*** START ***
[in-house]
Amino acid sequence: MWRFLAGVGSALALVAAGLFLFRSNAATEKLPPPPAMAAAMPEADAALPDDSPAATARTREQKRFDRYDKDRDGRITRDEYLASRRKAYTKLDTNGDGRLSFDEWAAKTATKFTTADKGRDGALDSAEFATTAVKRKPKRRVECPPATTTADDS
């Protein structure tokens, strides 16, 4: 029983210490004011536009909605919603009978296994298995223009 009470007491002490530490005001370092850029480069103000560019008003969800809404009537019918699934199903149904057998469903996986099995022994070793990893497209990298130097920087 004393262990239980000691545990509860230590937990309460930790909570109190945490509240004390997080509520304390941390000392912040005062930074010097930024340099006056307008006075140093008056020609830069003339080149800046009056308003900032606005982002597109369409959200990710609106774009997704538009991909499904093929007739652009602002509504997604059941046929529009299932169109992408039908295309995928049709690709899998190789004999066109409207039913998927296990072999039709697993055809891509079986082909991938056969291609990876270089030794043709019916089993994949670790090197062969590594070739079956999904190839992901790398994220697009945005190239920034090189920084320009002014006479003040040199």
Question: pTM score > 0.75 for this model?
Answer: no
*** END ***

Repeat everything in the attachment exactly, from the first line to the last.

[in-house]
Amino acid sequence: MWRFLAGVGSALALVAAGLFLFRSNAATEKLPPPPAMAAAMPEADAALPDDSPAATARTREQKRFDRYDKDRDGRITRDEYLASRRKAYTKLDTNGDGRLSFDEWAAKTATKFTTADKGRDGALDSAEFATTAVKRKPKRRVECPPATTTADDS
């Protein structure tokens, strides 16, 4: 029983210490004011536009909605919603009978296994298995223009 009470007491002490530490005001370092850029480069103000560019008003969800809404009537019918699934199903149904057998469903996986099995022994070793990893497209990298130097920087 004393262990239980000691545990509860230590937990309460930790909570109190945490509240004390997080509520304390941390000392912040005062930074010097930024340099006056307008006075140093008056020609830069003339080149800046009056308003900032606005982002597109369409959200990710609106774009997704538009991909499904093929007739652009602002509504997604059941046929529009299932169109992408039908295309995928049709690709899998190789004999066109409207039913998927296990072999039709697993055809891509079986082909991938056969291609990876270089030794043709019916089993994949670790090197062969590594070739079956999904190839992901790398994220697009945005190239920034090189920084320009002014006479003040040199």
Question: pTM score > 0.75 for this model?
Answer: no